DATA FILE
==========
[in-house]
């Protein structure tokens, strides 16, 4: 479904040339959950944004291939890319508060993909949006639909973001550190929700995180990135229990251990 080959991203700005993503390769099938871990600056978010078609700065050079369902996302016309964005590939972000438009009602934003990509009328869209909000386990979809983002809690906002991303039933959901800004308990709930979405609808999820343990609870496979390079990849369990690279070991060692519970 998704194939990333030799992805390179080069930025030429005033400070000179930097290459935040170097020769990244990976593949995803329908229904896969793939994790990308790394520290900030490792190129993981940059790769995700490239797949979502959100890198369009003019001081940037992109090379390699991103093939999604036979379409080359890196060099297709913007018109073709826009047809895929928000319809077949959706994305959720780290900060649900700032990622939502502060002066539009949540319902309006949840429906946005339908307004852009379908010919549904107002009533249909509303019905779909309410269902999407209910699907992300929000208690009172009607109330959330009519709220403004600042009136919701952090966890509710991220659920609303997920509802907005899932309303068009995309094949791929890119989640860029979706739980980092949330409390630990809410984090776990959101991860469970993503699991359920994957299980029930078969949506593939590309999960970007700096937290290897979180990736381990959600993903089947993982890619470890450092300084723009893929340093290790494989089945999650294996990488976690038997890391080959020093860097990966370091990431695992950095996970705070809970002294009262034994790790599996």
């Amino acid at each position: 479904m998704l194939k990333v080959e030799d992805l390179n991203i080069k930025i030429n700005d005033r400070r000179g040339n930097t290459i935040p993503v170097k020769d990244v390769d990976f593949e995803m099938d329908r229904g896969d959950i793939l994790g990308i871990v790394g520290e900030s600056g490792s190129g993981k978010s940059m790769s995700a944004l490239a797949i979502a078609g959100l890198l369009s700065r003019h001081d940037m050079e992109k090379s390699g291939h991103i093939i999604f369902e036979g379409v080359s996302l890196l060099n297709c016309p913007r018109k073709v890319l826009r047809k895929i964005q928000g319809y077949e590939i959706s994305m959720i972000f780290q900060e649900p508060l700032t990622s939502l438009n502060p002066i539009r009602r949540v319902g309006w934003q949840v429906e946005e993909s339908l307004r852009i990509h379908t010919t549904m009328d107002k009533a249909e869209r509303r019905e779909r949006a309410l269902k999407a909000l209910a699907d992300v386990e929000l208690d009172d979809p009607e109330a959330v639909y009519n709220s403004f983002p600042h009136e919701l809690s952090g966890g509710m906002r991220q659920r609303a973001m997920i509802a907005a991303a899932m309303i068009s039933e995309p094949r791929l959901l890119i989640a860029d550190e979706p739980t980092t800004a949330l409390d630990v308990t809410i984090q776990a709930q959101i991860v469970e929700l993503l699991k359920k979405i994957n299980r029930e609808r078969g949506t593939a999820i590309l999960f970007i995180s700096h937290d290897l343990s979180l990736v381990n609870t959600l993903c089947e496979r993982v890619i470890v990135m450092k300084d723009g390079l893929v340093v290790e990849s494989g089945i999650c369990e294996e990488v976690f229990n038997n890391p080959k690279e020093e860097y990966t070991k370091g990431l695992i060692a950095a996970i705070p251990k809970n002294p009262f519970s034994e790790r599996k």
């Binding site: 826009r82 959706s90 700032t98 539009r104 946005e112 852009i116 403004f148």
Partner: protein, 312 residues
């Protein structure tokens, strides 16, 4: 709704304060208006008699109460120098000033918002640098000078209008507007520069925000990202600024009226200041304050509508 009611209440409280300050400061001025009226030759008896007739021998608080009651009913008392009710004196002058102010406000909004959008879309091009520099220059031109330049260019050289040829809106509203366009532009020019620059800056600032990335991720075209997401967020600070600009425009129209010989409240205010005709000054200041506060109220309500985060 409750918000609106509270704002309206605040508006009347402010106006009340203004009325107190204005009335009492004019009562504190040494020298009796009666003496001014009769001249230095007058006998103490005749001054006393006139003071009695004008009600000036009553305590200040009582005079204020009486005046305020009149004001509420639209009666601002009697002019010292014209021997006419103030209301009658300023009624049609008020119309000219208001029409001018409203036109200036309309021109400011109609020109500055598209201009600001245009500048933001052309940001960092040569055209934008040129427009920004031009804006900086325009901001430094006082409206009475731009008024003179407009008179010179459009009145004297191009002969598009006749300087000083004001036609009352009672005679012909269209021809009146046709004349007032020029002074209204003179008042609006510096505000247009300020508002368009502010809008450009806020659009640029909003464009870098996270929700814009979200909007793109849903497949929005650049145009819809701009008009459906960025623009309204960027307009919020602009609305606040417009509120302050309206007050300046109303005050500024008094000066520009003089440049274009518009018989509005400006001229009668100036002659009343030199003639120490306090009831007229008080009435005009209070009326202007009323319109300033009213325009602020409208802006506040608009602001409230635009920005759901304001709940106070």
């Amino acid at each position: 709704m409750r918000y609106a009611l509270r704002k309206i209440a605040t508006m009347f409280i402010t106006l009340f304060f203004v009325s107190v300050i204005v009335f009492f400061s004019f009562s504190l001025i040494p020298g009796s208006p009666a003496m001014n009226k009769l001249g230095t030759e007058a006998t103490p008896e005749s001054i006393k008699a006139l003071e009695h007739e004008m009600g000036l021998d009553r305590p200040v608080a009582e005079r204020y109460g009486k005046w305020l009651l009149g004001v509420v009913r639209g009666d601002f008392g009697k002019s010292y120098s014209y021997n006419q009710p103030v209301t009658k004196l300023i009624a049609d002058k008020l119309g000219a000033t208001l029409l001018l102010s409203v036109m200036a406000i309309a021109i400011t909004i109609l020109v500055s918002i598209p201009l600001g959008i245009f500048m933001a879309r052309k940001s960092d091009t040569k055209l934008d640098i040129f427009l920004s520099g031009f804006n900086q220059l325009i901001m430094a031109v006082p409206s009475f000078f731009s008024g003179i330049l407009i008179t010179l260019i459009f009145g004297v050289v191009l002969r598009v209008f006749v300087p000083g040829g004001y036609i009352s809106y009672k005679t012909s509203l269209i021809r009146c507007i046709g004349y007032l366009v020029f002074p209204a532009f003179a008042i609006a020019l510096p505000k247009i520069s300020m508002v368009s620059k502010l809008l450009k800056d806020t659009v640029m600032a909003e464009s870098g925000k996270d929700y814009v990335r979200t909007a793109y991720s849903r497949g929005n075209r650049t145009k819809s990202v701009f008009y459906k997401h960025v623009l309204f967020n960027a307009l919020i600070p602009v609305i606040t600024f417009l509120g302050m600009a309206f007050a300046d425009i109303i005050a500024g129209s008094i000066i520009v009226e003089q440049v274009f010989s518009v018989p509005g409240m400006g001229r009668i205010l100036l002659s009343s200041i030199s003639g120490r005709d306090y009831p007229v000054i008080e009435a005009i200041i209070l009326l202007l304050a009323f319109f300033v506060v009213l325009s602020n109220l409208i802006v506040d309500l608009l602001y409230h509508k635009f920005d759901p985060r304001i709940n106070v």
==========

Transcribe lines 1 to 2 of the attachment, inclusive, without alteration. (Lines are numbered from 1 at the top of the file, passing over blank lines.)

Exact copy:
[in-house]
């Protein structure tokens, strides 16, 4: 479904040339959950944004291939890319508060993909949006639909973001550190929700995180990135229990251990 080959991203700005993503390769099938871990600056978010078609700065050079369902996302016309964005590939972000438009009602934003990509009328869209909000386990979809983002809690906002991303039933959901800004308990709930979405609808999820343990609870496979390079990849369990690279070991060692519970 998704194939990333030799992805390179080069930025030429005033400070000179930097290459935040170097020769990244990976593949995803329908229904896969793939994790990308790394520290900030490792190129993981940059790769995700490239797949979502959100890198369009003019001081940037992109090379390699991103093939999604036979379409080359890196060099297709913007018109073709826009047809895929928000319809077949959706994305959720780290900060649900700032990622939502502060002066539009949540319902309006949840429906946005339908307004852009379908010919549904107002009533249909509303019905779909309410269902999407209910699907992300929000208690009172009607109330959330009519709220403004600042009136919701952090966890509710991220659920609303997920509802907005899932309303068009995309094949791929890119989640860029979706739980980092949330409390630990809410984090776990959101991860469970993503699991359920994957299980029930078969949506593939590309999960970007700096937290290897979180990736381990959600993903089947993982890619470890450092300084723009893929340093290790494989089945999650294996990488976690038997890391080959020093860097990966370091990431695992950095996970705070809970002294009262034994790790599996």